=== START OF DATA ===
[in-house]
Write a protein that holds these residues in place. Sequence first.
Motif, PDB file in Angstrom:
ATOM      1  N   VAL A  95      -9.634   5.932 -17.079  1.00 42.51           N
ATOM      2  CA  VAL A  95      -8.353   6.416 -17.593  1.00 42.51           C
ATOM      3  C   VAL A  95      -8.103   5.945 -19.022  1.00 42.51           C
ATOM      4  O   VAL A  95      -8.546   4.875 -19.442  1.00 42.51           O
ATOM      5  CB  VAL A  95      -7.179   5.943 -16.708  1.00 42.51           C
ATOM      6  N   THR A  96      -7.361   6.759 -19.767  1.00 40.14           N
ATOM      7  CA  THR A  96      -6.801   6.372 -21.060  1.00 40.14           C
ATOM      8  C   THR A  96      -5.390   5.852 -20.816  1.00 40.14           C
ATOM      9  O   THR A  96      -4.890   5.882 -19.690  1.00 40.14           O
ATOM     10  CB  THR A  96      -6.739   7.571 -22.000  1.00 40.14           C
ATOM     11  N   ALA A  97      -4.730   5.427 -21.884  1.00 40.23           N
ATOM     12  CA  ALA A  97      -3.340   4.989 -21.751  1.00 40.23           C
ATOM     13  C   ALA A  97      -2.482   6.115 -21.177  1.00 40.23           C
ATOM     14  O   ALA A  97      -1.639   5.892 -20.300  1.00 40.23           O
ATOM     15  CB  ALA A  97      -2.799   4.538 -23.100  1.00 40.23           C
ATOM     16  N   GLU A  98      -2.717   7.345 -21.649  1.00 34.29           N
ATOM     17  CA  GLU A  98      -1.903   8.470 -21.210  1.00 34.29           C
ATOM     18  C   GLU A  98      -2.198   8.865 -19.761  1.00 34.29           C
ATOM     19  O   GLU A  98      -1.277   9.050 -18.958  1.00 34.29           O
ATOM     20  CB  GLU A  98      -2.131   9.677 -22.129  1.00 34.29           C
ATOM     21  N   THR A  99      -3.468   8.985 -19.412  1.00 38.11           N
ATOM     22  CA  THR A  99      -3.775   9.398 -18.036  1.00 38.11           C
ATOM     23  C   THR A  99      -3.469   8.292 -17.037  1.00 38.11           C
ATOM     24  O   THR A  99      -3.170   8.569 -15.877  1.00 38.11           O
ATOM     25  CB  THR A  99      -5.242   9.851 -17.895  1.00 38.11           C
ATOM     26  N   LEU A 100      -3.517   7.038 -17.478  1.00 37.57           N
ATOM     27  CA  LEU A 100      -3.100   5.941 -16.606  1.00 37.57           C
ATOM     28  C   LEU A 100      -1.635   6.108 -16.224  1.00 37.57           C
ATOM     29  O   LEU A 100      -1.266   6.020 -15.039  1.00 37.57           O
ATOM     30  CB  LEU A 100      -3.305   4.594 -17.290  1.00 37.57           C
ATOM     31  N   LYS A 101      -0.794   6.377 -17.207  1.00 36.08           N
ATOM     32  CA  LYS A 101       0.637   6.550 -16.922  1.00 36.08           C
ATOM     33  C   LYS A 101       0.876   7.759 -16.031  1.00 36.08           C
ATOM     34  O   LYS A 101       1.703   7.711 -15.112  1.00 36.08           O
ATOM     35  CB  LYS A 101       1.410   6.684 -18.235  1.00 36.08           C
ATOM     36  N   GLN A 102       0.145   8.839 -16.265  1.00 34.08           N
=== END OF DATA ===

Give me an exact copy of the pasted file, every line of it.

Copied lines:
[in-house]
Write a protein that holds these residues in place. Sequence first.
Motif, PDB file in Angstrom:
ATOM      1  N   VAL A  95      -9.634   5.932 -17.079  1.00 42.51           N
ATOM      2  CA  VAL A  95      -8.353   6.416 -17.593  1.00 42.51           C
ATOM      3  C   VAL A  95      -8.103   5.945 -19.022  1.00 42.51           C
ATOM      4  O   VAL A  95      -8.546   4.875 -19.442  1.00 42.51           O
ATOM      5  CB  VAL A  95      -7.179   5.943 -16.708  1.00 42.51           C
ATOM      6  N   THR A  96      -7.361   6.759 -19.767  1.00 40.14           N
ATOM      7  CA  THR A  96      -6.801   6.372 -21.060  1.00 40.14           C
ATOM      8  C   THR A  96      -5.390   5.852 -20.816  1.00 40.14           C
ATOM      9  O   THR A  96      -4.890   5.882 -19.690  1.00 40.14           O
ATOM     10  CB  THR A  96      -6.739   7.571 -22.000  1.00 40.14           C
ATOM     11  N   ALA A  97      -4.730   5.427 -21.884  1.00 40.23           N
ATOM     12  CA  ALA A  97      -3.340   4.989 -21.751  1.00 40.23           C
ATOM     13  C   ALA A  97      -2.482   6.115 -21.177  1.00 40.23           C
ATOM     14  O   ALA A  97      -1.639   5.892 -20.300  1.00 40.23           O
ATOM     15  CB  ALA A  97      -2.799   4.538 -23.100  1.00 40.23           C
ATOM     16  N   GLU A  98      -2.717   7.345 -21.649  1.00 34.29           N
ATOM     17  CA  GLU A  98      -1.903   8.470 -21.210  1.00 34.29           C
ATOM     18  C   GLU A  98      -2.198   8.865 -19.761  1.00 34.29           C
ATOM     19  O   GLU A  98      -1.277   9.050 -18.958  1.00 34.29           O
ATOM     20  CB  GLU A  98      -2.131   9.677 -22.129  1.00 34.29           C
ATOM     21  N   THR A  99      -3.468   8.985 -19.412  1.00 38.11           N
ATOM     22  CA  THR A  99      -3.775   9.398 -18.036  1.00 38.11           C
ATOM     23  C   THR A  99      -3.469   8.292 -17.037  1.00 38.11           C
ATOM     24  O   THR A  99      -3.170   8.569 -15.877  1.00 38.11           O
ATOM     25  CB  THR A  99      -5.242   9.851 -17.895  1.00 38.11           C
ATOM     26  N   LEU A 100      -3.517   7.038 -17.478  1.00 37.57           N
ATOM     27  CA  LEU A 100      -3.100   5.941 -16.606  1.00 37.57           C
ATOM     28  C   LEU A 100      -1.635   6.108 -16.224  1.00 37.57           C
ATOM     29  O   LEU A 100      -1.266   6.020 -15.039  1.00 37.57           O
ATOM     30  CB  LEU A 100      -3.305   4.594 -17.290  1.00 37.57           C
ATOM     31  N   LYS A 101      -0.794   6.377 -17.207  1.00 36.08           N
ATOM     32  CA  LYS A 101       0.637   6.550 -16.922  1.00 36.08           C
ATOM     33  C   LYS A 101       0.876   7.759 -16.031  1.00 36.08           C
ATOM     34  O   LYS A 101       1.703   7.711 -15.112  1.00 36.08           O
ATOM     35  CB  LYS A 101       1.410   6.684 -18.235  1.00 36.08           C
ATOM     36  N   GLN A 102       0.145   8.839 -16.265  1.00 34.08           N